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North Middle School has ‘paw-some’ adventure in Carson community

By Angelia Fleming and her eighth-grade class

North Rowan Middle School

As part of their continuing exploration of different areas of Rowan County, eighth-graders from North Rowan Middle School recently visited sites in the Carson High School district.

Their first destination was China Grove Middle School. Adam DeLand, assistant principal, spoke about how the community affects students’ education and how the school community is warm and close-knit. Together, the group shared ideas for increasing family and community engagement in the schools.

This epitomizes the experiences throughout the class’s Rowan County marketing challenge. At each location visited, everyone has been welcoming and seeks to encourage family and community involvement.

As Deland led students on a tour, they learned that China Grove is the oldest middle school in Rowan County. It was built in the 1930s. The group got to see the band and chorus classes in action, and even got to see frogs being dissected.

Southeast Middle School

In spite of bus problems, which shortened the visit to Southeast Middle School, North Rowan students were given a school tour. The students and staff were welcoming and talked about how much they love their school and community.

One highlight that stood out like a shining beacon was how the teachers use different strategies for each student so all can excel. Also, the teachers said they appreciate their students because they listen and are kind to their teachers.

Jesse C. Carson High School

North Middle students then boarded the bus for Jesse C. Carson High School. Their high school visits have held great appeal for many students as they are eagerly anticipating starting high school next year.

Many were interested in Carson’s renowned arts program. Carson’s drama, chorus, band and art classes were showcased by teachers and students. Not only did North Middle students get to see these classes, but they were encouraged to join in on some of the activities.

The students’ unanimous favorite was a game called “Warrior,” which is about concentration and projecting voices.

Students also experienced the school’s advisory program in action. North Middle groups were invited to participate in the activities, a musical gift exchange and creating snowflakes.

Knollwood Elementary School

After Carson, North Rowan students were ready for the next destination: Knollwood Elementary. The interactions with younger students have been one of the class’ favorite experiences so far.

During lunch, the students got to talk to many of the elementary students about sports, school, Pokemon and more.

Middle school students saw an interesting dance activity in P.E. class and were amazed at how the children were so coordinated. The best part for the group was playing on the playground with elementary students. North Middle students felt like celebrities as they joined in on tag, basketball, playground games and just talking with younger children.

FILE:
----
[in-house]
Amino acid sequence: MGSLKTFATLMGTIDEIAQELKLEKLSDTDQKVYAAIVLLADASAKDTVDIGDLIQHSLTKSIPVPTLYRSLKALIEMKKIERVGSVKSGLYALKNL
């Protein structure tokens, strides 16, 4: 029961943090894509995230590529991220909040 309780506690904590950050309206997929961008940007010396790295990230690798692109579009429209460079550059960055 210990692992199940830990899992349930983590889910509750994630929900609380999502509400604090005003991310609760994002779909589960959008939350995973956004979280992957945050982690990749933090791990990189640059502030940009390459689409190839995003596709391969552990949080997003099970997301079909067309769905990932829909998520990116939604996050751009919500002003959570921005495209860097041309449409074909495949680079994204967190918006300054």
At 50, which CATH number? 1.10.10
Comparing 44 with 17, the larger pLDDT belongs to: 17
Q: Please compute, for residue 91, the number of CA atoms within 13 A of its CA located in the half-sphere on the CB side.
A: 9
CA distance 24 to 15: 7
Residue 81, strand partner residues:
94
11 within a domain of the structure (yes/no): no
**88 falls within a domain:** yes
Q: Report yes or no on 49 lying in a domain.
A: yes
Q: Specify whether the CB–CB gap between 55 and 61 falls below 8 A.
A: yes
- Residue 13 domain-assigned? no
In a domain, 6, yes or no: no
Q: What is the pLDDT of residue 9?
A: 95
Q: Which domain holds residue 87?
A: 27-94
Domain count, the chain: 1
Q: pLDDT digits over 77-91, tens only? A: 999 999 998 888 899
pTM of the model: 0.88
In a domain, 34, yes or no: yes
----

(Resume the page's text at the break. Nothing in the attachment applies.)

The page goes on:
North Middle and Knollwood have a lot in common. Both schools share and appreciate diversity, a strength that makes the schools special.

The elementary school students invited their visitors to return.

A “Paw-some” adventure at Tiger World

At Tiger World, students saw a wide variety of exotic animals, from small to large and from around the world

As the animals’ backgrounds were shared, they tugged at students’ hearts. Several were brought to tears when they saw the animals and heard their stories.

The animal adventure began by meeting a pair of year-old tigers at the front of the zoo. The students were guided by Erin Carey, Tiger World’s director of wildlife.

Carey told the students that most of the animals were once neglected. For example, there were two cougars left under a man’s house and fed hot dogs for their entire lives. Both of the cougars suffered internal and external damage. One was left blind and the other was unable to walk for a long period of time.

The students’ hearts were touched as they realized how cruel people can be to animals. It became obvious the great care and dedication that Carey and the Tiger World staff give to improving the lives of these animals.

As the students walked inside the Reptile House, they were curious about what they would see.

To her surprise, Alaina Lopez learned that the enclosure houses more than just reptiles. While viewing the snakes, she was alarmed and jumped about 3 feet when she was surprised by the loud squawking of a cockatoo.

As the group made its way around the exhibit, student Hannah Freeman started dancing with the cockatoo, while the cockatoo mimiced Hannah’s movements.

As the group prepared to leave, Carey challenged students with the motto, “Conservation by education.” Tiger World’s goal is to make others aware of animals’ plight and, through education, improve their lives.

Students were inspired by the devotion and dedication that Carey and her staff give to these animals on a daily basis.

The common thread of compassion and caring followed students throughout the day at each location visited.

As students discussed all of the community field trips experienced so far, it became evident that while each area of Rowan County has unique qualities that make it special, the strong sense of welcoming and kindness stands out like sparkling jewels.

 

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